Friday 6 May 1pm

Panel discussion devised by Chris McCormack for Art Monthly and the Paul Mellon Centre for Studies in British Art.

Leigh Claire Le Berge (Associate Professor of English, City University of New York)
Marc Aziz Michael (American University, Beirut)
Dante Micheaux (Poet)
Monica Narula and Jeebesh Bagchi (Raqs Media Collective)
Oreet Ashery (Associate Professor of Fine Art, Ruskin School of Art, University of Oxford)
Jackson Davidow (Independent Researcher)

Under the violent normalisation of austerity, the pandemic has exacerbated conditions of increased work surveillance and precarity, deepening an awareness of the consequences of chronic exhaustion. The now commonplace discussion of contemporary fatigue, anxiety, and depression points us, as Lauren Berlant states, ‘to the way living also becomes a scene of the wearing out of life’. From caregivers to lives more at risk of infection through socioeconomic consequences of structural racism and underpayment, how might kinships ‘wear out’ together and apart, how might artworks play a part in redefining the public sphere or enable us to consider the interrelations of equity and collective care.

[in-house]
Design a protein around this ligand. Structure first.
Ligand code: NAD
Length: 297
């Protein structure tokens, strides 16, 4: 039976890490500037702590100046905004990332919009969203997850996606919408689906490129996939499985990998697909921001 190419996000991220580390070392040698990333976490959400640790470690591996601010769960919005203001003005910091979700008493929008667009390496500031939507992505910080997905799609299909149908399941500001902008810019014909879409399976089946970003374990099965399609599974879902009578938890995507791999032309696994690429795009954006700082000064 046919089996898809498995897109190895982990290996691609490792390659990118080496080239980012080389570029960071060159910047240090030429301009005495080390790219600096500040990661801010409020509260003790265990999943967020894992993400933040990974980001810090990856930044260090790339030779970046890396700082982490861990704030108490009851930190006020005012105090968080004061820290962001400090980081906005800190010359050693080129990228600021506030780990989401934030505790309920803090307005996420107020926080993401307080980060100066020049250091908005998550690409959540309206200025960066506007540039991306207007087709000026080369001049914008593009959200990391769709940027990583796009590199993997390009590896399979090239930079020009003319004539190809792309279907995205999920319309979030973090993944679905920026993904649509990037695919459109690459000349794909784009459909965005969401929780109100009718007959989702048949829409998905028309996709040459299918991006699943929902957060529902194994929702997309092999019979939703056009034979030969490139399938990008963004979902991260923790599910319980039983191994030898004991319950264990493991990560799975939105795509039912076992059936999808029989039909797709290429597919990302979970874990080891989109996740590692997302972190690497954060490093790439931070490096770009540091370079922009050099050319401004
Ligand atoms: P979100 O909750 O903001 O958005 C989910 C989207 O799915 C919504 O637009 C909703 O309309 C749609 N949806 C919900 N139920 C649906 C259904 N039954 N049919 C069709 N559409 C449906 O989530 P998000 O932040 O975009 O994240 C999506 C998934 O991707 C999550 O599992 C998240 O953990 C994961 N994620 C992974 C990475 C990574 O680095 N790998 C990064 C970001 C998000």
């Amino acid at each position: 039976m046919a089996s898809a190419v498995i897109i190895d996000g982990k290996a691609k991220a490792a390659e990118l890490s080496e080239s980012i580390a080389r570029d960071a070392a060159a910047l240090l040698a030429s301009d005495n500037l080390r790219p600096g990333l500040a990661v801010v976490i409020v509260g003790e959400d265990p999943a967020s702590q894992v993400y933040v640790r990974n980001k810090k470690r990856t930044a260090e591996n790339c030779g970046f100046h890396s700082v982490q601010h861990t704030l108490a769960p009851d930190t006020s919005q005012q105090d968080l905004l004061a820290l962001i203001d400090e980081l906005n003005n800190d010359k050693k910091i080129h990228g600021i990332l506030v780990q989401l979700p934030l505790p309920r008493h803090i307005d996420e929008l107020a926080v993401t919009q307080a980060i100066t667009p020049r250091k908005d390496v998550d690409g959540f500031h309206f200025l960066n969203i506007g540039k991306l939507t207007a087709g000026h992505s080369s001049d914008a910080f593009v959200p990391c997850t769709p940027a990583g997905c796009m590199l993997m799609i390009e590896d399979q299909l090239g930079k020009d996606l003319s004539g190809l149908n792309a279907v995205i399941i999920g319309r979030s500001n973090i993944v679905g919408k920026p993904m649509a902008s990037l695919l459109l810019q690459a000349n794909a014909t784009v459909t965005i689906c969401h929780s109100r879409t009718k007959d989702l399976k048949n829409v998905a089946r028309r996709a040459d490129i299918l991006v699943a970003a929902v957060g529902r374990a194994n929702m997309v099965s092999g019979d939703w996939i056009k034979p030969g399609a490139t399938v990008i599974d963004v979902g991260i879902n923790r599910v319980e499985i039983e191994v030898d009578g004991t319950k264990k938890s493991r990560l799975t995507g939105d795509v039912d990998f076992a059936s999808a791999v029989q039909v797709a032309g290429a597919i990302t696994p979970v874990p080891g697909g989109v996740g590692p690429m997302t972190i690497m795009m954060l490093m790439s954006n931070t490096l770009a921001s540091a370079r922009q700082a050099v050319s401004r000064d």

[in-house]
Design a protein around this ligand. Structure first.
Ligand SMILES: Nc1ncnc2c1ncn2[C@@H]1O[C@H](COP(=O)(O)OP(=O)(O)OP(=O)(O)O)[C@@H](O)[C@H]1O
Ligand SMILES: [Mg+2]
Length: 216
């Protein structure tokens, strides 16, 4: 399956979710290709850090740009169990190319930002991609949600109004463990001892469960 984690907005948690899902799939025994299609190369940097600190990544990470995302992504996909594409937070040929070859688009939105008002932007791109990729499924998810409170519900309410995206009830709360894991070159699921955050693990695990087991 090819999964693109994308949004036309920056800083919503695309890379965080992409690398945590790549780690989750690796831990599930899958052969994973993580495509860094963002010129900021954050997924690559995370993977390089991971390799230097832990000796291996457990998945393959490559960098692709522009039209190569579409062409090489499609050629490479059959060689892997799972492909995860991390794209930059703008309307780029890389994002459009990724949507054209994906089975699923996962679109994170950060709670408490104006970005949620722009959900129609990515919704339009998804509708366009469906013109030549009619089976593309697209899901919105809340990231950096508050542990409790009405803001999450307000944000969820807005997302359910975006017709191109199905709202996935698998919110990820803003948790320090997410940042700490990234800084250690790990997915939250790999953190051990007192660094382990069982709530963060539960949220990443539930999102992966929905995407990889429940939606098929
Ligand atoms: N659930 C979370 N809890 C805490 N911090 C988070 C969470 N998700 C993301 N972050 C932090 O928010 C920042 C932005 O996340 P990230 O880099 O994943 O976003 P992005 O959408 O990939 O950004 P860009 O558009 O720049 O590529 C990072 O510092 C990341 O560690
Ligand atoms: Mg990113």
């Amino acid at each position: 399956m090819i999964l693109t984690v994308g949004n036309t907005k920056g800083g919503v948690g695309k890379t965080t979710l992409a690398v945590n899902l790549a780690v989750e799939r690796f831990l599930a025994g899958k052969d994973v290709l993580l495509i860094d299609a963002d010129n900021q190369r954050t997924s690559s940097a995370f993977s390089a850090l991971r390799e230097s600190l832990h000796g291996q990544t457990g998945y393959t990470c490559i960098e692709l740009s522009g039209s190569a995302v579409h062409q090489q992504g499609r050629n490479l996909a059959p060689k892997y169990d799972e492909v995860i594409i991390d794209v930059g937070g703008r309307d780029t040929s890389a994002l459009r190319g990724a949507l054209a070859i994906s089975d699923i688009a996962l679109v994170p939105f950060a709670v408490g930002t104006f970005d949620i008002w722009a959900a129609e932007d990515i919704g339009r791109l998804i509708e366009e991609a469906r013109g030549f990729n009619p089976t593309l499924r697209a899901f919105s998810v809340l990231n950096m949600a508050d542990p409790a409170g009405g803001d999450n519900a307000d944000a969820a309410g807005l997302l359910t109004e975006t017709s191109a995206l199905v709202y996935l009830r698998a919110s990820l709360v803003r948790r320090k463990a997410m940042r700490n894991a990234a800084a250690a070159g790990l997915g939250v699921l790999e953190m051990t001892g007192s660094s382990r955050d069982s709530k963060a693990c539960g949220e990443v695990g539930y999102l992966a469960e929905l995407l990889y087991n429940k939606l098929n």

Price: Free
Venue: Online
Book tickets: Eventbrite

Art Monthly Calendar

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Guerrilla Girls, Wealth & Power, 2016
Art at a Time Like This

Selected Digital Resources

Many venues are focusing on digital programming during the Covid-19 pandemic. So instead of the usual list of events, here are links to some of these online artworks and resources.

Beacon_Transitions online from 9 July 2020